In 2021 the Centre for Sustainable Healthcare launched an innovative project to employ Nature Recovery Rangers at NHS sites in three locations around England. With support from the government’s Green Recovery Challenge Fund, the rangers arrived on their sites with a remit to run nature engagement activities and act as advocates for biodiversity: leading on food growing, wildlife-friendly gardening, nature walks, tree planting and more.
Throughout the year we collected data to help us evaluate this new and exciting initiative. We monitored the rangers’ activities, conducted surveys of the activity participants; invited written feedback from NHS partners where the rangers were working; and recorded ecological improvements at their sites.
The results – collated in collaboration with academic partners at the University of Suffolk – have given us growing confidence in the benefits of this approach. Our evaluative surveys show that the rangers’ activities successfully met the outcomes we had hoped for – those taking part overwhelmingly agreed that the activities were beneficial for their wellbeing; inspired them to take further action to protect the environment; increased their understanding of the natural environment; and made the area a better place to live, work or visit. More than seven out of ten respondents said they had learnt new skills. The most valued aspects of taking part included being in a natural environment, learning new things, spending time with others, and increasing wellbeing.
As the project progressed, the feedback from NHS partners was just as encouraging, and showed the transformative effect of employing rangers at hospital sites. The comments of these ‘green space leads’ point to the rangers’ impact in enabling sites to:
- put in place green space initiatives they had not previously had the capacity to pursue
- reach out to new audiences and engage new stakeholders
- enhance the sites’ green spaces in ways that were noticeable to staff, and positive for biodiversity.
They also emphasise the popularity of the initiative with NHS staff and its success in moving biodiversity up the agenda. One of the managers commented:
At each of the sites the rangers have led substantial green space enhancement projects. In Bristol, the ranger worked with volunteers and nursing staff to develop a therapeutic space for neuropsychologic patients at Southmead Hospital. Our Liverpool-based ranger engaged children excluded from school, and their staff, to revive a courtyard wildlife garden at Broadgreen Hospital. At London’s Mount Vernon Cancer Centre, the ranger oversaw completion of a green space enhancement programme initiated by CSH, that included an accessible ‘woodland walkway’ and a newly refurbished garden for the chemotherapy suite, with a specially designed wooden shelter where chemotherapy patients can spend time outdoors. Our London ranger also initiated a very successful site-wide gardening competition, involving more than 100 staff in nurturing and bringing to life green patches close to their work areas.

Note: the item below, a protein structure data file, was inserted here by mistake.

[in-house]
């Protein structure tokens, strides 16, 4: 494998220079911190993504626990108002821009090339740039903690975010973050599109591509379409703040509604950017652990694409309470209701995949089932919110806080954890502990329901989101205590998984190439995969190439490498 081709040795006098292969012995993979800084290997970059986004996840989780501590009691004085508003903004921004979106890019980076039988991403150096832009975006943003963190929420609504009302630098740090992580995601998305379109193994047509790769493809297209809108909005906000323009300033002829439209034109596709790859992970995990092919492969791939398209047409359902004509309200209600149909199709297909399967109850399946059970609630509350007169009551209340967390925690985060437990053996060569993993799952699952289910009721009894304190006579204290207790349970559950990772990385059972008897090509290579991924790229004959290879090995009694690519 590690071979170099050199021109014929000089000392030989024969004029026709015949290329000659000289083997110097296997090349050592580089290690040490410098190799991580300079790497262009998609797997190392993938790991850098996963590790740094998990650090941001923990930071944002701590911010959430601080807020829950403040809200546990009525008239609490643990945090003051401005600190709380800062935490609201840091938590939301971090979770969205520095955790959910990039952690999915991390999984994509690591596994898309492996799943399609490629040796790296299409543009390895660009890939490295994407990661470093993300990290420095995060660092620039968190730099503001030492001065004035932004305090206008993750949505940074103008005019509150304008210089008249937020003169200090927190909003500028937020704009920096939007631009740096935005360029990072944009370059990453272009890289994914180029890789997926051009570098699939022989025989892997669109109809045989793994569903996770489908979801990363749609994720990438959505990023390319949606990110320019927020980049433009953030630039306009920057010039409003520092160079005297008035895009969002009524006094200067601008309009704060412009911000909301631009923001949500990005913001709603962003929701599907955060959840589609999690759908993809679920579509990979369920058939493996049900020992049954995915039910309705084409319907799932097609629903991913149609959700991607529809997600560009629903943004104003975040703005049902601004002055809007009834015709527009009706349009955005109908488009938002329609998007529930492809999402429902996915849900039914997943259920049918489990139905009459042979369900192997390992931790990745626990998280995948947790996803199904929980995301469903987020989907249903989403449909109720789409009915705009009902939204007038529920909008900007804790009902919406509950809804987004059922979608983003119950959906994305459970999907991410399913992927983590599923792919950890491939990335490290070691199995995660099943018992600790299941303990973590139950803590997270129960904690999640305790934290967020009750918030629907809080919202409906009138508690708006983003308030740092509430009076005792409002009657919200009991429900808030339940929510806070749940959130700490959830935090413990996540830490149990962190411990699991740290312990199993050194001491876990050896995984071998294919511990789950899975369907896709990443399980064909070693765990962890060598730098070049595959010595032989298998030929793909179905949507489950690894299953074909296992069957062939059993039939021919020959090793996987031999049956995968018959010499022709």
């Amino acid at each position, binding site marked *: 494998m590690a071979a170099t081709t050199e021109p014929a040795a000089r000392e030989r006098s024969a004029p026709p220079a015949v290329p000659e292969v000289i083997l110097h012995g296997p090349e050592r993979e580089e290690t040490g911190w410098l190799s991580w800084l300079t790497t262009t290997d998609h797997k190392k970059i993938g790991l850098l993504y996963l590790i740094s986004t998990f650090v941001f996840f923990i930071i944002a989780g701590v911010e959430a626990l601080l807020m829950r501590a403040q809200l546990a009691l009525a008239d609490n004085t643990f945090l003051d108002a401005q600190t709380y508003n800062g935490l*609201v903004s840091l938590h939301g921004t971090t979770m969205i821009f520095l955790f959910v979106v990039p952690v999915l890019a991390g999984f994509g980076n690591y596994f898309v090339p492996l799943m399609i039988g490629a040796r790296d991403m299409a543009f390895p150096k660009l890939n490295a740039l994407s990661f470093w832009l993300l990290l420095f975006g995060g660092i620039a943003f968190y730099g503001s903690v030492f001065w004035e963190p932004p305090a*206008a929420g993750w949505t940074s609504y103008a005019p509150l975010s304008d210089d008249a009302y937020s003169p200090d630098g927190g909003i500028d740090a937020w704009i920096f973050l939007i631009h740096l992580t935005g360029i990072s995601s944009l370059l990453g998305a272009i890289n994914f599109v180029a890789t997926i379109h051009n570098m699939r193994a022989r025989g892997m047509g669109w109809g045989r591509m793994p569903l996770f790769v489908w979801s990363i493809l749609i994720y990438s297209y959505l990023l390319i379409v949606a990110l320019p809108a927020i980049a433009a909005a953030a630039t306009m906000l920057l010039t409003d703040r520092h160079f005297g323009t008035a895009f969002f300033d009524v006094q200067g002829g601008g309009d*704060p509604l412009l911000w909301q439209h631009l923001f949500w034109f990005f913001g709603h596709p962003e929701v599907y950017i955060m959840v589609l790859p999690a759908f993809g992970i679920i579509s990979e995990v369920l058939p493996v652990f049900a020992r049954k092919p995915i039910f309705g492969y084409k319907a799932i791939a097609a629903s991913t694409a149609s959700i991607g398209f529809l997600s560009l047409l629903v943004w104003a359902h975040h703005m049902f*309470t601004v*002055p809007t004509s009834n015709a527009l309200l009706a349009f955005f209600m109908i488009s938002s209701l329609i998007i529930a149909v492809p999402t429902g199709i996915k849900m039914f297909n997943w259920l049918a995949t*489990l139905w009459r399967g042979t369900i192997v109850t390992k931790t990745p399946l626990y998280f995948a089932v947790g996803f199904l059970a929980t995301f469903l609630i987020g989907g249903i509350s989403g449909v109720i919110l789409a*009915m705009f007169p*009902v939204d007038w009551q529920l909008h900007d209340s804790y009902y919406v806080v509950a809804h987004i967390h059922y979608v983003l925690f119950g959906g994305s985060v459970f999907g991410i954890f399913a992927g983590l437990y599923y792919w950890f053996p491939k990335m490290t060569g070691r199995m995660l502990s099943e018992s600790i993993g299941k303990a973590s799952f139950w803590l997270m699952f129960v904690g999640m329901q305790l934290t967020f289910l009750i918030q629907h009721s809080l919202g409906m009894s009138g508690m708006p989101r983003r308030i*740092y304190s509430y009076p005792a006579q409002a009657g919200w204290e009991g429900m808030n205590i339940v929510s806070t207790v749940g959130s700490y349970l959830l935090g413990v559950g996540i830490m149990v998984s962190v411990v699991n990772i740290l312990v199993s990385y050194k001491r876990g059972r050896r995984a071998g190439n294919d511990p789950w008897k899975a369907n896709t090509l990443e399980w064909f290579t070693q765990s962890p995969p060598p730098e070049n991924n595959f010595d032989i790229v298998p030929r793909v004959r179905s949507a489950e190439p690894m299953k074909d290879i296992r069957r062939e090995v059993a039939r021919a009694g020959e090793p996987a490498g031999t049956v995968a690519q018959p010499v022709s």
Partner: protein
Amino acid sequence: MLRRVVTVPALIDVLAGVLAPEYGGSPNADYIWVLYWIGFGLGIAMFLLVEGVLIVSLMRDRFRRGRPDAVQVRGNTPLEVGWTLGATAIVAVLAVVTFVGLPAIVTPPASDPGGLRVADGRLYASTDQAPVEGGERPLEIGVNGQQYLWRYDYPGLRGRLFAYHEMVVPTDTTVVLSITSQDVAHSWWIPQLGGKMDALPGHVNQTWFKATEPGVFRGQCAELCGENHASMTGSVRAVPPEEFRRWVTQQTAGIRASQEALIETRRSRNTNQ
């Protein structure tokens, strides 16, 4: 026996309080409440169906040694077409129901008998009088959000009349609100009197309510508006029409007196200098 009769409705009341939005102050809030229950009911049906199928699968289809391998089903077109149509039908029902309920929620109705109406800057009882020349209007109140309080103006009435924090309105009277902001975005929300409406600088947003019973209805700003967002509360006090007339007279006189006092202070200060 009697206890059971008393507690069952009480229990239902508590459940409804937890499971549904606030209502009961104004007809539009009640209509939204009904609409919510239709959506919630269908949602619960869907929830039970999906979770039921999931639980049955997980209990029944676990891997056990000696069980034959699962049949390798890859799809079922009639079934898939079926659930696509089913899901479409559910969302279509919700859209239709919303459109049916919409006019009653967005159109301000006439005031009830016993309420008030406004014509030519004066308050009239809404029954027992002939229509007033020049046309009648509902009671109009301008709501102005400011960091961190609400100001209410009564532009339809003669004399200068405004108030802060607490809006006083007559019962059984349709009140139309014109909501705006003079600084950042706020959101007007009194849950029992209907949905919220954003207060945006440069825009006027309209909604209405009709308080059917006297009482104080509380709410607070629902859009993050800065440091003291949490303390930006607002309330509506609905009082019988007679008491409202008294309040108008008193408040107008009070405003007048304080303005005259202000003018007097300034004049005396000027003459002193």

From the earliest days of their employment, all three rangers became an energetic and inspiring presence at their sites, and strong advocates for nature. An early win was the promotion of No Mow May, the national Plantlife campaign, which led to the creation of extensive wildflower meadow areas at each location and was rewarded at Broadgreen Hospital with the unexpected appearance of bee orchids, marsh orchids and pyramidal orchids (this last, a first record for Liverpool). Other ecological impacts chalked up by project include orchard planting and green roof creation in Bristol; woodland restoration with trees, garlic and bluebell bulbs in Liverpool; and pond restoration and the creation of a living wall in London. While the timeframe of the project limited our ability to make year on year comparisons, the consultants RSK are now carrying out a detailed assessment of the project impact at Southmead Hospital in Bristol.
Because of Covid restrictions it was at first difficult to bring external volunteers on to the sites, but over time the rangers involved a variety of local community groups. We were also able to extend our programme to include two interns in Bristol, a Kickstart apprentice in Liverpool, and two healthcare students on placement in London. We were delighted when one of our interns went on to find work in the same field and have since been able to re-employ another of our interns ourselves on a related short-term project.
Each of our partner NHS trusts has been keen to retain their rangers beyond the life of the current initiative, and two have already secured charitable funding to do so. Moreover, we have plans to expand the programme further, with two new rangers already secured for 2022 in East London and Newcastle. Feedback from NHS trusts has also inspired us to establish a new site-specific scheme offering bespoke ecological advice to NHS sites.
More details of the ranger programme can be found in our Green Space for Health 2021/22 Evaluation Report.
The Green Recovery Challenge Fund was developed by Defra and its Arm’s-Length Bodies. It is being delivered by The National Lottery Heritage Fund in partnership with Natural England, the Environment Agency and Forestry Commission.